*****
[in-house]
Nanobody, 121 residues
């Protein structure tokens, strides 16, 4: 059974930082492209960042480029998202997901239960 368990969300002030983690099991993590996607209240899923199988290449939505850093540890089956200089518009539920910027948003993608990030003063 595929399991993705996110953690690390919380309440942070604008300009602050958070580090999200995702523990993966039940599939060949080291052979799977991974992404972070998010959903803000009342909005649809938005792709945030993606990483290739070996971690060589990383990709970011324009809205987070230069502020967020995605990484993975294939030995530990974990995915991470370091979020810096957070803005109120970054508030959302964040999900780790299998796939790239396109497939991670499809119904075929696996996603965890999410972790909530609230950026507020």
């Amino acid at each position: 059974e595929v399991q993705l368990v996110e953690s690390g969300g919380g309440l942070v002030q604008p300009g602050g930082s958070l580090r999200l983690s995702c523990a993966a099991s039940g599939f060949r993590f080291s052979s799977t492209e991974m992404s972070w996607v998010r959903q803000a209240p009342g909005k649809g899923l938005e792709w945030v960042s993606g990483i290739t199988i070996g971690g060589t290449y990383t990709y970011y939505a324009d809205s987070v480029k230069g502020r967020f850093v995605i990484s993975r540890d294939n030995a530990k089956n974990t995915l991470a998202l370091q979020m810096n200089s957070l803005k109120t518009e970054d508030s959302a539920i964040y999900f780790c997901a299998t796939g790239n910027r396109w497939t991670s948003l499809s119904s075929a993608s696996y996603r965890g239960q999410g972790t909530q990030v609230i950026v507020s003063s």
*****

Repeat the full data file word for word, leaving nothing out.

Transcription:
[in-house]
Nanobody, 121 residues
């Protein structure tokens, strides 16, 4: 059974930082492209960042480029998202997901239960 368990969300002030983690099991993590996607209240899923199988290449939505850093540890089956200089518009539920910027948003993608990030003063 595929399991993705996110953690690390919380309440942070604008300009602050958070580090999200995702523990993966039940599939060949080291052979799977991974992404972070998010959903803000009342909005649809938005792709945030993606990483290739070996971690060589990383990709970011324009809205987070230069502020967020995605990484993975294939030995530990974990995915991470370091979020810096957070803005109120970054508030959302964040999900780790299998796939790239396109497939991670499809119904075929696996996603965890999410972790909530609230950026507020």
């Amino acid at each position: 059974e595929v399991q993705l368990v996110e953690s690390g969300g919380g309440l942070v002030q604008p300009g602050g930082s958070l580090r999200l983690s995702c523990a993966a099991s039940g599939f060949r993590f080291s052979s799977t492209e991974m992404s972070w996607v998010r959903q803000a209240p009342g909005k649809g899923l938005e792709w945030v960042s993606g990483i290739t199988i070996g971690g060589t290449y990383t990709y970011y939505a324009d809205s987070v480029k230069g502020r967020f850093v995605i990484s993975r540890d294939n030995a530990k089956n974990t995915l991470a998202l370091q979020m810096n200089s957070l803005k109120t518009e970054d508030s959302a539920i964040y999900f780790c997901a299998t796939g790239n910027r396109w497939t991670s948003l499809s119904s075929a993608s696996y996603r965890g239960q999410g972790t909530q990030v609230i950026v507020s003063s």